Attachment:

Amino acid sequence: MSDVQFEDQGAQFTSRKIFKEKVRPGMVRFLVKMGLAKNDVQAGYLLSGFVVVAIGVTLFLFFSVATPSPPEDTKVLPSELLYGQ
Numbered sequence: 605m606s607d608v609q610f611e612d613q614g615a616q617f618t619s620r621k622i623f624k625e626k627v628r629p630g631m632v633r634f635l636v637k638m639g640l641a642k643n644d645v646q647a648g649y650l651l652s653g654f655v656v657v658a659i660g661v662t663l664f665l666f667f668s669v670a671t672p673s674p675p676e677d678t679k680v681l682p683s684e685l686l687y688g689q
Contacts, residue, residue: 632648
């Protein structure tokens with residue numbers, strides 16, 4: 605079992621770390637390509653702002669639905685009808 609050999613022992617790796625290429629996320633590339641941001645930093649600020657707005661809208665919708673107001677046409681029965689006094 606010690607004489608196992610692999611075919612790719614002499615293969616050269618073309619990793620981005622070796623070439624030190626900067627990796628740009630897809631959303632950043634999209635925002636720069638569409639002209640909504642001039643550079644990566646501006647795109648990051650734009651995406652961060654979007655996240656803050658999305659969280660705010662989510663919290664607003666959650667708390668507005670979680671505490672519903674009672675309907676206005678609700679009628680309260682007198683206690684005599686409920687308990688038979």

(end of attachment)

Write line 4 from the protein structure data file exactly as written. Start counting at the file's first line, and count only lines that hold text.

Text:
């Protein structure tokens with residue numbers, strides 16, 4: 605079992621770390637390509653702002669639905685009808 609050999613022992617790796625290429629996320633590339641941001645930093649600020657707005661809208665919708673107001677046409681029965689006094 606010690607004489608196992610692999611075919612790719614002499615293969616050269618073309619990793620981005622070796623070439624030190626900067627990796628740009630897809631959303632950043634999209635925002636720069638569409639002209640909504642001039643550079644990566646501006647795109648990051650734009651995406652961060654979007655996240656803050658999305659969280660705010662989510663919290664607003666959650667708390668507005670979680671505490672519903674009672675309907676206005678609700679009628680309260682007198683206690684005599686409920687308990688038979």